A Mountain Lion ate my MacBook Air

Summary:Mountain Lion DP1 is actually a pretty compelling release, but it's still a developer preview which means that it has some nasty bugs. As I learned this weekend.

A Mountain Lion ate my MacBook Air - Jason O'Grady
[Disclaimer: OS X 10.8 Mountain Lion is a Developer Preview. It isn't even a public beta, which means that it's not for production use. It's not fully baked and you should expect anomalies. If you decide to dance with Apple's latest cat, only install it on a secondary Mac and only one one that's completely backed up. Expect to lose everything and factor in the time reformat and reinstall your HDD or SSD with a clean copy of Lion -- like I did.]

Disclaimers aside, Mountain Lion DP1 (see my first look), a.k.a. OS X 10.8, is actually a pretty compelling release. It unifies a lot of iOS features, has more social features, integrates iCloud at the Finder level, and comes with better security. But it's also a developer preview, so some features aren't fully implemented and some things are buggy -- as I discovered over the weekend.

Wanting to be up on Apple's latest release I installed Mountain Lion on my MacBook Air 11 which is my second/backup computer. My production computer is a MBA13 and I mostly use the MBA11 as a second machine for couch surfing, day trips, that kind of thing. It's mostly a clone of my MBA 13 but I save anything important to the cloud. That being said, it's the perfect development machine so I installed Mountain Lion on it last week.

I don't use my MBA11 all the time (maybe an hour per day and a few hours on the weekend) but my experience with ML so far has been decent. In fact, I was surprised about how many apps worked flawlessly in Mountain Lion. Example number one is the excellent 1Password from Agile Bits.

One of the biggest challenges with testing early, major OS releases is password management. Since I live on the cloud and use Web dashboards for just about everything 1Password is an integral part of my life. In prior OS X testing 1Password had a habit of not working (at least initially) which severely hampers my ability to log in to websites. With Mountain Lion, it just worked which made my life (and testing) much easier. Agile Bits said in a Tweet that it works because 1Password takes advantage of Apple's native extension APIs.

I was playing with Apple's latest kitty while I was upgrading the SSD in my MBA13 (more on that later) when things went south. I was using my favorite eBay client -- iSale -- and it was a little crashy. I'd write a little, quit (to force a save) then relaunch, do a little more editing and quit. This was working pretty well for a while but then the application started unexpectedly quitting more than was practical. I figured that I'd reboot to clean out the cobwebs.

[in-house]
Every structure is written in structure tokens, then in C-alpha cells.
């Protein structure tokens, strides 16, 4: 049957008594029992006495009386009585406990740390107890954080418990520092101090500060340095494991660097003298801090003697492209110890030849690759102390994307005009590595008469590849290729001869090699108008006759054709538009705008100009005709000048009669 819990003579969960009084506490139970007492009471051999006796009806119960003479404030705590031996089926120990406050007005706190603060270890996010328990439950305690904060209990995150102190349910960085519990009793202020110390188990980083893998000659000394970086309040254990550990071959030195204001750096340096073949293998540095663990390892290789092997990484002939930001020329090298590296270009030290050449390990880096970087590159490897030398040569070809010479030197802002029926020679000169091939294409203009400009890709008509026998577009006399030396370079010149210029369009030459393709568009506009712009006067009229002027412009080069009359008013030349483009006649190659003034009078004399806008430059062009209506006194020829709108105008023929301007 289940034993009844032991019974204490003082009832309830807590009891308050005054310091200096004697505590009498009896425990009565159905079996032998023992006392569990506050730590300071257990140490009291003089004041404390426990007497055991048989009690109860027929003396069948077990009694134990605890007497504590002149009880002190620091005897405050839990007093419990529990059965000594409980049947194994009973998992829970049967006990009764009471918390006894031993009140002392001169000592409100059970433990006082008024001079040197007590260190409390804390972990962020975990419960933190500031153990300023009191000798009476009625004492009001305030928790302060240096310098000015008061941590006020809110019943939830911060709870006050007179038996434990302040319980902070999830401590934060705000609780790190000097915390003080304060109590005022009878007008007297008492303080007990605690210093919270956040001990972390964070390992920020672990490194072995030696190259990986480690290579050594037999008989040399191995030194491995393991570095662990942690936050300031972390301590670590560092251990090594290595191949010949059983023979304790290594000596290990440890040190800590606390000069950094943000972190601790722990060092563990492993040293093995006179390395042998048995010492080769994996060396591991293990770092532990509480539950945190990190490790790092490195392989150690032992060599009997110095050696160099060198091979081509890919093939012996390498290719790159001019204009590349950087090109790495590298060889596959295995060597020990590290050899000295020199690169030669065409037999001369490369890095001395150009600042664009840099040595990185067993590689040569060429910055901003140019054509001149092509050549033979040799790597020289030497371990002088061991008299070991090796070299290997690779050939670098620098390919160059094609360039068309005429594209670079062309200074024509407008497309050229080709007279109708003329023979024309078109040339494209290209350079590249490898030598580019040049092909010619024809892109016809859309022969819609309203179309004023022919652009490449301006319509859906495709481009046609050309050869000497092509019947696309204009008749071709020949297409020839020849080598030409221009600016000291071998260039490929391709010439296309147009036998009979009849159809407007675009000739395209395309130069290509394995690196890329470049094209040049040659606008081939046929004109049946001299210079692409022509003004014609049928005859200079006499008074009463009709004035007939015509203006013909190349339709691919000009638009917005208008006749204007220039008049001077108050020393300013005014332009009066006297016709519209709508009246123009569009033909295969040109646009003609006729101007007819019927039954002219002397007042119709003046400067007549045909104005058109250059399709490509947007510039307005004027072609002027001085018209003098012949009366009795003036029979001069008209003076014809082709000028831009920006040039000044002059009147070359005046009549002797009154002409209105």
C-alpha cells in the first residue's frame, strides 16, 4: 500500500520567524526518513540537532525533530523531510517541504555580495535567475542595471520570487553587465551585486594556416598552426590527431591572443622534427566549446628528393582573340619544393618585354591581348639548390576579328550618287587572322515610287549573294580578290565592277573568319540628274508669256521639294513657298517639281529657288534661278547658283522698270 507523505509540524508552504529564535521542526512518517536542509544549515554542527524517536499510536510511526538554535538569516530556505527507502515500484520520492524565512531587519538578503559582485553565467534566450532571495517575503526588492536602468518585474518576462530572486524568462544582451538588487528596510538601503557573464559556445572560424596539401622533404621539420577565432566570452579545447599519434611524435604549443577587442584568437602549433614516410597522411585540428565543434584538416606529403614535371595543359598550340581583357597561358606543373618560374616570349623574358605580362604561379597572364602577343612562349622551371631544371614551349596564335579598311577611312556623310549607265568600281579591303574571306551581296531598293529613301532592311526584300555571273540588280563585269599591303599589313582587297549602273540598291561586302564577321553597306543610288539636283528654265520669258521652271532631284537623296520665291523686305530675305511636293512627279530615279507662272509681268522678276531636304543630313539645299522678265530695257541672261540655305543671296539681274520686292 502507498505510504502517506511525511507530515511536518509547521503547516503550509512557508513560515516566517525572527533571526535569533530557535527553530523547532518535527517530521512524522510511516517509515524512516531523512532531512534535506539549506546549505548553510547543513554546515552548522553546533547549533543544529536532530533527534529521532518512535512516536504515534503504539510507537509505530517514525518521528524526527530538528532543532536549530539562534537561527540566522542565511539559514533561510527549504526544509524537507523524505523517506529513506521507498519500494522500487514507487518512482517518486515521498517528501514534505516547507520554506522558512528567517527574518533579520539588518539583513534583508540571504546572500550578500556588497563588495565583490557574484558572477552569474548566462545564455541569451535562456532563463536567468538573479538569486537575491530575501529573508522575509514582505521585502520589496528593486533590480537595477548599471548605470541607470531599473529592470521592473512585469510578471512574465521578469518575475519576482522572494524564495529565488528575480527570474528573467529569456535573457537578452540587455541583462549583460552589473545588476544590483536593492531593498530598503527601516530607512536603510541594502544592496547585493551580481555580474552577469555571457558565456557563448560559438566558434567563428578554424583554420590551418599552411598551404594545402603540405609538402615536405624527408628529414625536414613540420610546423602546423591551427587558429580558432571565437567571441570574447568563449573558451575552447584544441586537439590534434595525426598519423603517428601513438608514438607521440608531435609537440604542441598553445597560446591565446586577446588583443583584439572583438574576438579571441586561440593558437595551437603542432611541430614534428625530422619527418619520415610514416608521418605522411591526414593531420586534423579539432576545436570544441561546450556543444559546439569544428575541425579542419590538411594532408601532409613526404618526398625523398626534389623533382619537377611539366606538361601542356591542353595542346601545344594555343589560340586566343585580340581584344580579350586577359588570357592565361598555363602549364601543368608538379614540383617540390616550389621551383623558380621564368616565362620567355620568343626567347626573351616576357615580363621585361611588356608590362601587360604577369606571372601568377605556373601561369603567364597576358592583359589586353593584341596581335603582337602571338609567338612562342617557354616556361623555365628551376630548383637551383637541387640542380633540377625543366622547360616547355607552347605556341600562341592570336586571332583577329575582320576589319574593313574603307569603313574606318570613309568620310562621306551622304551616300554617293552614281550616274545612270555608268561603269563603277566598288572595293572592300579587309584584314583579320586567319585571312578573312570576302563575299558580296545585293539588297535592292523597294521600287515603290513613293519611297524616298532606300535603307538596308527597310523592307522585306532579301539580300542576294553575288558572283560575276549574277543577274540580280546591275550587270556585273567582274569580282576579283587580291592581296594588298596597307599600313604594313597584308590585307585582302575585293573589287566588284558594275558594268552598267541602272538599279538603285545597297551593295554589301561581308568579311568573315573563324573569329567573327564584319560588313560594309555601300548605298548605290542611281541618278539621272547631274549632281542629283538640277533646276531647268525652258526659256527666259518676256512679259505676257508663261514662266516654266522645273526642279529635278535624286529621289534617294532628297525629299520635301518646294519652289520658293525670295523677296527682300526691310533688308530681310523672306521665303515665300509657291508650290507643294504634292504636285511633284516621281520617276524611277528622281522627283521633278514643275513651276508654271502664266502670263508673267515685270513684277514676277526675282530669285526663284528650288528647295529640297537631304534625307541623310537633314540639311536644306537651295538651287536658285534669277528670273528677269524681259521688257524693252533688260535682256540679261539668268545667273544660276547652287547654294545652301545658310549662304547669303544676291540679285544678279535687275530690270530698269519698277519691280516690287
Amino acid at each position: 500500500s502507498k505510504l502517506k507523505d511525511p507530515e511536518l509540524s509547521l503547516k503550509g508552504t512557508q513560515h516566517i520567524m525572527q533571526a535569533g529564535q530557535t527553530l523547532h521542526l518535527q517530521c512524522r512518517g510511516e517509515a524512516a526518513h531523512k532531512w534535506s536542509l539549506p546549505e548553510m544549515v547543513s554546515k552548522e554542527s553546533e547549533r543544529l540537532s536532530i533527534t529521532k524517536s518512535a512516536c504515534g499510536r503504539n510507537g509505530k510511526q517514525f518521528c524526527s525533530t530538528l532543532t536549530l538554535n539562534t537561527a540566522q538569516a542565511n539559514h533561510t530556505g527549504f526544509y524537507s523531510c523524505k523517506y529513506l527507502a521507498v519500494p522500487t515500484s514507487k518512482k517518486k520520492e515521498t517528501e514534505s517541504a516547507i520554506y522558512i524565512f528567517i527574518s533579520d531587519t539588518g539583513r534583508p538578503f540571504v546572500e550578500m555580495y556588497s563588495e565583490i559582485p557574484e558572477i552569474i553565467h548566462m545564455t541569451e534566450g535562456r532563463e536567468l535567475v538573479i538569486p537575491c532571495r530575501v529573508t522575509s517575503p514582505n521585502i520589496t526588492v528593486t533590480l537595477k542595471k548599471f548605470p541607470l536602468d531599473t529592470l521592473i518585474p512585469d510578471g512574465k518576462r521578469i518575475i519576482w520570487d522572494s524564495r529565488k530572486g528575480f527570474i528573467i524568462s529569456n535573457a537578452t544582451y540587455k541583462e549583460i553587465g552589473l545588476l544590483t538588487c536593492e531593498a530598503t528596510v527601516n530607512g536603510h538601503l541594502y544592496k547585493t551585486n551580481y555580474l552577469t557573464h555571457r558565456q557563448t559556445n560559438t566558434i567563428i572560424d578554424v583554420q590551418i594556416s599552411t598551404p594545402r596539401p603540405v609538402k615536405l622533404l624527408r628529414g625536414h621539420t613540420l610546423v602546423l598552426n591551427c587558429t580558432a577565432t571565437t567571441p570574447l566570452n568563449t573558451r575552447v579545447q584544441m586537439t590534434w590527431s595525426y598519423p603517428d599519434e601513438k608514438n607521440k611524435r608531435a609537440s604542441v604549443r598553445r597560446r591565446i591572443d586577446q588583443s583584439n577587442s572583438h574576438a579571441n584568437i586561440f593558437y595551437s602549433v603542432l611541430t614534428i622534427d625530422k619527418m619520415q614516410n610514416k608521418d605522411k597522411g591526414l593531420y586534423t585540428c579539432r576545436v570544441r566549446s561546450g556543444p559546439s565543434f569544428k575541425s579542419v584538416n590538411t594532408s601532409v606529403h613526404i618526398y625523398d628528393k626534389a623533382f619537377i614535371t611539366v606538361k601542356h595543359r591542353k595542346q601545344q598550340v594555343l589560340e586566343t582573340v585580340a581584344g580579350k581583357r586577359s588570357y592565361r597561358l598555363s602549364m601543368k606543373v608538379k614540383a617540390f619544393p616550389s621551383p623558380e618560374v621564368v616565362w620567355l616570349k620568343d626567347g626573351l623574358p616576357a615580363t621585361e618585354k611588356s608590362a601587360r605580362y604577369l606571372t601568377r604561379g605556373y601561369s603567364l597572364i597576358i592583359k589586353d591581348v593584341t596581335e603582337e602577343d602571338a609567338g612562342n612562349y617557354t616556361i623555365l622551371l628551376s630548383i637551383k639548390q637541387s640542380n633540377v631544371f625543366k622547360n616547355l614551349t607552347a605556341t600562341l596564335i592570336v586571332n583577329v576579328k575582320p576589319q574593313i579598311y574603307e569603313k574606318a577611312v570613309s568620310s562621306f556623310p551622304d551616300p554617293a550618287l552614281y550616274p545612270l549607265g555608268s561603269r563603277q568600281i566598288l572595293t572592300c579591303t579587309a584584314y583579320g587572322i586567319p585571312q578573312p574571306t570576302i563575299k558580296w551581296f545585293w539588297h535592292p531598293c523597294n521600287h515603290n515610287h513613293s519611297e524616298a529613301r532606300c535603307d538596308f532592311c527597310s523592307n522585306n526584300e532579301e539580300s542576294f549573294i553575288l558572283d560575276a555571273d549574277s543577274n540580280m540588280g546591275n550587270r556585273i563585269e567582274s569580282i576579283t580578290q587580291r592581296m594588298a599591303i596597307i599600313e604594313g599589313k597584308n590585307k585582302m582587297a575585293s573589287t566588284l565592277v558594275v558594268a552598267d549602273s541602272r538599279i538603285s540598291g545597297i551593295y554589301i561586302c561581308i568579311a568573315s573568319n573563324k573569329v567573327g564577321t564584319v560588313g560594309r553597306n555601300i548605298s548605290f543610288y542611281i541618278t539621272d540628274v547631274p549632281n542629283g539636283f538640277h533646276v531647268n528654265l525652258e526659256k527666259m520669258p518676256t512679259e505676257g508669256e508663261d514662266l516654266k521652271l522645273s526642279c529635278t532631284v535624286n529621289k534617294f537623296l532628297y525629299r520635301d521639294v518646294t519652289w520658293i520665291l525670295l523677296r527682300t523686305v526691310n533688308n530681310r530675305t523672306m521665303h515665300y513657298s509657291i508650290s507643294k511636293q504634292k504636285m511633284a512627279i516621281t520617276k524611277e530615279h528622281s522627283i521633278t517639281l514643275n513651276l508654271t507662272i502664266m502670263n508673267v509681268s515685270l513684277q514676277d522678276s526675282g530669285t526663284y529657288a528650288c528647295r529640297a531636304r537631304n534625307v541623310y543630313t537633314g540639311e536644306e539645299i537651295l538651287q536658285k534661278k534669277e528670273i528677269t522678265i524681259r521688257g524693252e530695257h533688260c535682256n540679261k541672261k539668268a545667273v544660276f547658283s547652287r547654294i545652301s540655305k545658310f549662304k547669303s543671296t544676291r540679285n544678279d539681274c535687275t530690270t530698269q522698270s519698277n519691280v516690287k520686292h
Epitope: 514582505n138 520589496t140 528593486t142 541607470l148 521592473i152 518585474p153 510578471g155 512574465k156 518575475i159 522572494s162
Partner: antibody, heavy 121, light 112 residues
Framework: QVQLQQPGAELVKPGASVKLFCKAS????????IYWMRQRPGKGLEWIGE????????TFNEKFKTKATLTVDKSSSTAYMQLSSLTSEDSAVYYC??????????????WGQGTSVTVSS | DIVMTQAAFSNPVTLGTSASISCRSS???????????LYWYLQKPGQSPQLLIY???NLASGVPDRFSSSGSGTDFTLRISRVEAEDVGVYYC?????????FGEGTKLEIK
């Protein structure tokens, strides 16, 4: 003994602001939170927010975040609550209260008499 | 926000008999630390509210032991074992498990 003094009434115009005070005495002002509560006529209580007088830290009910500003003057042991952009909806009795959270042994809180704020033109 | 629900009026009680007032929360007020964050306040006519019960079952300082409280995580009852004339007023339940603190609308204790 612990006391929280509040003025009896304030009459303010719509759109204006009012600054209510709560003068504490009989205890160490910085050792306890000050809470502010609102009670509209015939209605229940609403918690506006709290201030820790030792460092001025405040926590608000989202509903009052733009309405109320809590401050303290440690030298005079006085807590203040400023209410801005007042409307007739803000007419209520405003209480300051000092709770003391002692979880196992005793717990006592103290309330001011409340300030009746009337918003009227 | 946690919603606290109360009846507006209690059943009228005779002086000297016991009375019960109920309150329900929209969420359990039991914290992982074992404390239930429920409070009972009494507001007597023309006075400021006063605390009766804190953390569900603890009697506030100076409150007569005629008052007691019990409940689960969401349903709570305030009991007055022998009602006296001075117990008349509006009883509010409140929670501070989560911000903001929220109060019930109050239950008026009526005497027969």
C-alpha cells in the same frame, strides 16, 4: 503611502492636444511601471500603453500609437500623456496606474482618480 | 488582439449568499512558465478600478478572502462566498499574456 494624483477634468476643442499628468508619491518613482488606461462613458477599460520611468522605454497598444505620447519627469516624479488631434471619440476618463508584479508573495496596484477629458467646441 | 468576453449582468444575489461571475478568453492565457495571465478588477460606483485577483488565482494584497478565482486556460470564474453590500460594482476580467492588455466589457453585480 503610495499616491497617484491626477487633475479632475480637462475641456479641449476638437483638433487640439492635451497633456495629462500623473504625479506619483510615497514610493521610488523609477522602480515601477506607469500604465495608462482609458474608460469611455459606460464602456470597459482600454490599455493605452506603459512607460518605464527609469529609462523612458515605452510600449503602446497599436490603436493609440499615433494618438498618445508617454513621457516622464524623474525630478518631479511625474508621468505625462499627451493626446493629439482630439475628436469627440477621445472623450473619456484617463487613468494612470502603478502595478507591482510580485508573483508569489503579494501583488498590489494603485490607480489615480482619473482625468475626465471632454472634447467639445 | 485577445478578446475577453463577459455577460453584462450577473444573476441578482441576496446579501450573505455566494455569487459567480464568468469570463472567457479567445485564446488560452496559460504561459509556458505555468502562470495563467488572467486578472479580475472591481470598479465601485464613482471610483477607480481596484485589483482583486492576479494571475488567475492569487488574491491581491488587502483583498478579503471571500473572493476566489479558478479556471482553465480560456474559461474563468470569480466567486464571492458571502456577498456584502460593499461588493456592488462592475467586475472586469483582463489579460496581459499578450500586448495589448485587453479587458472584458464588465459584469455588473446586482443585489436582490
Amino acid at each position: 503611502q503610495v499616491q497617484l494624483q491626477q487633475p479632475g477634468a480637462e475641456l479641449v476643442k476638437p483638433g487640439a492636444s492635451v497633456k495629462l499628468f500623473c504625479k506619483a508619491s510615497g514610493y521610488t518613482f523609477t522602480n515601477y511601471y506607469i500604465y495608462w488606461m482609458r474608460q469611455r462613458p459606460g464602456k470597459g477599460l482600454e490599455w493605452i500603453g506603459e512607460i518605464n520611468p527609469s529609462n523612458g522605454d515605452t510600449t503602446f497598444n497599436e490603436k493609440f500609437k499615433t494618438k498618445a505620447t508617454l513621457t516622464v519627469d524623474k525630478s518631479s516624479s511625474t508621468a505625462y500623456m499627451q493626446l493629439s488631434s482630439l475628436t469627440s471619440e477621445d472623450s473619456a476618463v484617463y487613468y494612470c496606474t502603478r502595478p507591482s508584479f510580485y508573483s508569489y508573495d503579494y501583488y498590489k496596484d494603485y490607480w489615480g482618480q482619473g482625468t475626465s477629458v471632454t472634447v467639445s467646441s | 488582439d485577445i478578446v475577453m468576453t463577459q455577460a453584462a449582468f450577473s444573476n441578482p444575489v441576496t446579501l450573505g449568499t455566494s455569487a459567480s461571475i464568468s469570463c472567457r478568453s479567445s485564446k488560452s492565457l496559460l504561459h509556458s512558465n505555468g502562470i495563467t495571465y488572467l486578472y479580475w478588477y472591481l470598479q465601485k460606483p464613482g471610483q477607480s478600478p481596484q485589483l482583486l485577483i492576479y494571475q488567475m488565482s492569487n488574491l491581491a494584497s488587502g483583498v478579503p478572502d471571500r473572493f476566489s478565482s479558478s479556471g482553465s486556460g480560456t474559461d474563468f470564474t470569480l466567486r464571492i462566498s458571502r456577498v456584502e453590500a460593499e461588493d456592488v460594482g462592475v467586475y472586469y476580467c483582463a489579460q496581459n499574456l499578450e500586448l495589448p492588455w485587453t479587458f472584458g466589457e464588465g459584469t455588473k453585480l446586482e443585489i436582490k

And she never came back.

After restarting my MacBook hung on the grey Apple screen for what seemed an eternity. After waiting about 20 minutes I shut it down with the power button, waited and tried the same thing. Nada. Then I tried overnight. Nothing. I then ran Internet Recovery (Command-R at boot) and tried repairing the disk permission with Disk Utility but this hung (after fixing a few things) with the spinning wheel icon.

I couldn't re-install Mountain Lion from Internet Recovery because it couldn't see my WiFi network, so I was basically out of options. Faced with the prospect of losing my iSale document, I finally pulled the plug and elected to take the "nuke and pave" option. I ended up booting from my Lion flash drive, reformatting the SSD and re-installing the relatively stable Mac OS 10.7 (non-Mountain) Lion. Patching it up and calling it a day.

The lesson here is obvious, but worth repeating. They're called Developer Previews for a reason. ML DP1 is not production class and shouldn't be used as such. Only install it on a secondary, backup machine that doesn't contain any live data. And only if you can afford the time to reformat your drive and reinstall all your data. So even if your machine is a spare, time is precious and it also has a price.

That being said, I can't wait to test Developer Preview 2.

Topics: Apple, Cloud, Collaboration

About

Jason D. O'Grady developed an affinity for Apple computers after using the original Lisa, and this affinity turned into a bona-fide obsession when he got the original 128 KB Macintosh in 1984. He started writing one of the first Web sites about Apple (O'Grady's PowerPage) in 1995 and is considered to be one of the fathers of blogging.... Full Bio

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